• I tried this exercise by reading through a draft which I intend to finish but have not worked on for awhile. In some places, an easy fix for improving the story jumped out at me. But for the most part, I was aware of how I need to maintain focus on the original concept of the story. If I can’t figure out a deft way to handle the backstory, then it needs to be removed or relocated to a spot where it won’t break the tension of what my characters are doing now. I see that an allusion to the title of the story occurs much earlier than I thought. This is good because it suggests that a more explicit explanation of the title is yet to come. And I see that more descriptive detail is both needed and possible to do in a way that will enhance the story. Much of the story seems like it can work if I put the effort into it, but much doesn’t nearly hit the mark and here I wonder if I’ll be clever enough to really pull it off, because for some things, cleverness is required and not only the discipline to improve the writing.

      • Hi Teresa! I’m glad you found this helpful and picked up some ideas for a next pass. It’s always nice to get a practical takeaway in an exercise designed, in part, to provide an emotional boost. Do you feel that you have grown/improved as a writer since you wrote this draft, or was it so recently that there hasn’t been much room for that?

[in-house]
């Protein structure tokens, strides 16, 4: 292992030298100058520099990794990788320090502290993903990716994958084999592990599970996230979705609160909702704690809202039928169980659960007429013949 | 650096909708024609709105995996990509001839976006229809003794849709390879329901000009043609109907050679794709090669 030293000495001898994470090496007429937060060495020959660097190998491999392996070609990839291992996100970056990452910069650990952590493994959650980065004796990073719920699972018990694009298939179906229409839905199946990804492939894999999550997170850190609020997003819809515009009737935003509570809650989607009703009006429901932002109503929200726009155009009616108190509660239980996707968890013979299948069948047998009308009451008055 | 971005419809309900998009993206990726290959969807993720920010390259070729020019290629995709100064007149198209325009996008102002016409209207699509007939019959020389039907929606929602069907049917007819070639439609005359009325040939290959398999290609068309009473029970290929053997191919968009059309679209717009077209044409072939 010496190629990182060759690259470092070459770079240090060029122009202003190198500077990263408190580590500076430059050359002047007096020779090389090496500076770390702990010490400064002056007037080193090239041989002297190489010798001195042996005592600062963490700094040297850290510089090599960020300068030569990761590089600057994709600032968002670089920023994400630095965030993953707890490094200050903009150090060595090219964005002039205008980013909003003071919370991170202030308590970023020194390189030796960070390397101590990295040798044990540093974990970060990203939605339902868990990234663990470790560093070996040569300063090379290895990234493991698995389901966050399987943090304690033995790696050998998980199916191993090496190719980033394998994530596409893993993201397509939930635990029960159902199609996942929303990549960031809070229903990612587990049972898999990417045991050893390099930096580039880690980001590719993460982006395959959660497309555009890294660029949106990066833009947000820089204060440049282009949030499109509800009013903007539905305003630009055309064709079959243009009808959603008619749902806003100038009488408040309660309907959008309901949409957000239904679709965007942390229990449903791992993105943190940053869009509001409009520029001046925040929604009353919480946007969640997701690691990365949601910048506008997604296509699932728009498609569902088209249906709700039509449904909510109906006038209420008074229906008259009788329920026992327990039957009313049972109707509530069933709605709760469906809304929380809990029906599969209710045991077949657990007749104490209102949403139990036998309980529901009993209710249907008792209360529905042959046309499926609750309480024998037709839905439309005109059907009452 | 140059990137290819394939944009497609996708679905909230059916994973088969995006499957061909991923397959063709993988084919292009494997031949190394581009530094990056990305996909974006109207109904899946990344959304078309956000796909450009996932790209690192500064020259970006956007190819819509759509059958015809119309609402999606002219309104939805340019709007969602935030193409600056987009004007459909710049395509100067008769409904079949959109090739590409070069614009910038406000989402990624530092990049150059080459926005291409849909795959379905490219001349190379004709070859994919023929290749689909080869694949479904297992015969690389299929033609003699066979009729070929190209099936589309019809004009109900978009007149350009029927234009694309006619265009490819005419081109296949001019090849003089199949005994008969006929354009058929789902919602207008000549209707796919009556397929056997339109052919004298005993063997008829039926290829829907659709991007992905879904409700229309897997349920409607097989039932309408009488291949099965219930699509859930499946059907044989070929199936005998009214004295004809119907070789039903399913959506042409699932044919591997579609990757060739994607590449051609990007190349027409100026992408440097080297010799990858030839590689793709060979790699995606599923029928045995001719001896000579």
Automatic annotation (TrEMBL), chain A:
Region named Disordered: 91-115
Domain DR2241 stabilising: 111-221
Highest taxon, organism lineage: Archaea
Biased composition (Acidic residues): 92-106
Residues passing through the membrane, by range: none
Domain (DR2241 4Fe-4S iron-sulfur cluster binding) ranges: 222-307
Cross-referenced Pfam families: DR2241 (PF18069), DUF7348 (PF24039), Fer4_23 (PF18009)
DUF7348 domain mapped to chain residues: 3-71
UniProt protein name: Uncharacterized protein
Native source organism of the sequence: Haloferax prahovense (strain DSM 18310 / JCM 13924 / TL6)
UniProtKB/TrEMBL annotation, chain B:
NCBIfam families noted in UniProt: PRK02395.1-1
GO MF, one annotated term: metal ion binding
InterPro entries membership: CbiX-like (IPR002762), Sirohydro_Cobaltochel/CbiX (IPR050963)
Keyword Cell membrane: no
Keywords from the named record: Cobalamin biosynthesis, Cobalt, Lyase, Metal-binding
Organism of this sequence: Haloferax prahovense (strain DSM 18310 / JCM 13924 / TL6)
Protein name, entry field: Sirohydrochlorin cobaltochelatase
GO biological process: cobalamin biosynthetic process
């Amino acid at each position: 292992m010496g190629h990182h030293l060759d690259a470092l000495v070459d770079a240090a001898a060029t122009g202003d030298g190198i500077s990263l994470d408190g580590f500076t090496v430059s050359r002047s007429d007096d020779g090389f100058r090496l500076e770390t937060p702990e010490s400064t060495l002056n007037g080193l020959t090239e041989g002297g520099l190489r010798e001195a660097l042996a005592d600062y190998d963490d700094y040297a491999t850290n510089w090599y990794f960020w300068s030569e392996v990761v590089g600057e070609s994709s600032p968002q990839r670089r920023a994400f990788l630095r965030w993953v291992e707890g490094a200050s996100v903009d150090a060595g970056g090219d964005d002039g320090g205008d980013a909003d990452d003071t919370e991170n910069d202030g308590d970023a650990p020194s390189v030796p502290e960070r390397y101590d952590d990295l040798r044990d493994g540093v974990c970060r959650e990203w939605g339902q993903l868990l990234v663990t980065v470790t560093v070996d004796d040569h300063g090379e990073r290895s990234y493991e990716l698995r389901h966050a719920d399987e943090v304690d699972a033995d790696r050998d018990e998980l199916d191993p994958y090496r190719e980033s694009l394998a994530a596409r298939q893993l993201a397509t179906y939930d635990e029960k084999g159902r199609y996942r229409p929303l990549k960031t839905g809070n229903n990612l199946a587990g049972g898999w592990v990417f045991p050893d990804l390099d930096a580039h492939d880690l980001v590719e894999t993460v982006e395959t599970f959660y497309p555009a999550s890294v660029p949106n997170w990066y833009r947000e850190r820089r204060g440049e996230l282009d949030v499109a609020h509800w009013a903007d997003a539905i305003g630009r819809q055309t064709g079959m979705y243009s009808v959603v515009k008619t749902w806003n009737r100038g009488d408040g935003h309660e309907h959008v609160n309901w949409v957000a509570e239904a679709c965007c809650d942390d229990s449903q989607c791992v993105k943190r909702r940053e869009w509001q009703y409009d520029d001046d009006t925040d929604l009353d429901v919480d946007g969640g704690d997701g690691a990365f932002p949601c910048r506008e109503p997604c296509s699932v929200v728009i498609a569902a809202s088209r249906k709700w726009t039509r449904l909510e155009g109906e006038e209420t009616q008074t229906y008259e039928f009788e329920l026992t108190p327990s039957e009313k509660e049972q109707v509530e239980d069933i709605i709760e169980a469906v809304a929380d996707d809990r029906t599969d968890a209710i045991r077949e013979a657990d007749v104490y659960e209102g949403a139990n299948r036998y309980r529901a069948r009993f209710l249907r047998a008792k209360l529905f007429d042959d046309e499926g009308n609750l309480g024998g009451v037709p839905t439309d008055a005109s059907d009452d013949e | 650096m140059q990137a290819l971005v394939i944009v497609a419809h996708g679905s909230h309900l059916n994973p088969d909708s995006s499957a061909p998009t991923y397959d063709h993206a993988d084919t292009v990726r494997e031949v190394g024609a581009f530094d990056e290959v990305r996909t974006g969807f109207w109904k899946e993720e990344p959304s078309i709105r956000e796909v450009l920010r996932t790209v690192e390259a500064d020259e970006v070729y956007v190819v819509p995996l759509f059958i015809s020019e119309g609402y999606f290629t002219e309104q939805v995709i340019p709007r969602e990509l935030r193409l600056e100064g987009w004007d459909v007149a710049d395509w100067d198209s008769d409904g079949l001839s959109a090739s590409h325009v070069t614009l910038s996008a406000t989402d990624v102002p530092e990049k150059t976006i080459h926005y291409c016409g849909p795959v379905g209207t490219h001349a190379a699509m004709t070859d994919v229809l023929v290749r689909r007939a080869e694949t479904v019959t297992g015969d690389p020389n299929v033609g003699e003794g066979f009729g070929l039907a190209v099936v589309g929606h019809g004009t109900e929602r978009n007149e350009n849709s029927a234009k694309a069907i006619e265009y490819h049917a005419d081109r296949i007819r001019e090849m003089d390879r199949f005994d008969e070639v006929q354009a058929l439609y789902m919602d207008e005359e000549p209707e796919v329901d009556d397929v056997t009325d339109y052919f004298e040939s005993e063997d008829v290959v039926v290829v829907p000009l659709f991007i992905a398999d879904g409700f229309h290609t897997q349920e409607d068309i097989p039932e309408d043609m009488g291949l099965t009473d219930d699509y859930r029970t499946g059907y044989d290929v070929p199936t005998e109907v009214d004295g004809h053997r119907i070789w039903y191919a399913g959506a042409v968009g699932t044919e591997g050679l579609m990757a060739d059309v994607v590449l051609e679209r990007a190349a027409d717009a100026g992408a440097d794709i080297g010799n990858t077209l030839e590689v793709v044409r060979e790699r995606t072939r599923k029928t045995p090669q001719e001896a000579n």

• First of all, I haven’t published a book of anything, yet. That’s still on my horizon. For the second subject to discuss, rereading/editing any old writing…I have no problem. I know I have learned a great deal since starting to take writing seriously in 2010. I had a collection already which I’d worked diligently on when I was a member of a writing group in 1993 until 2000. While reading any of that collection I am reconnected to some pleasant and disturbing events that caused me to write those stories.and poems. Often I have to quell my emotional response to be able to view as an editor. Since I have learned more about good writing, I expect to find errors. I view any I find as a tiny ‘ah-ha’ moment. I think I could equate rereading with an adventure,an expedition to explore how I can improve that writing using my newly gained knowledge.
      .

      • The awareness that you’ve improved as a writer and continue to learn and grow is so helpful, but it’s something that eludes so many of us. We often find it hard to compliment ourselves. We spend so much time obsessing about our flaws that we don’t have space left to recognize how much we’ve achieved. That’s why I think an exercise like this, done every now and then, can be beneficial. Thanks for reporting back!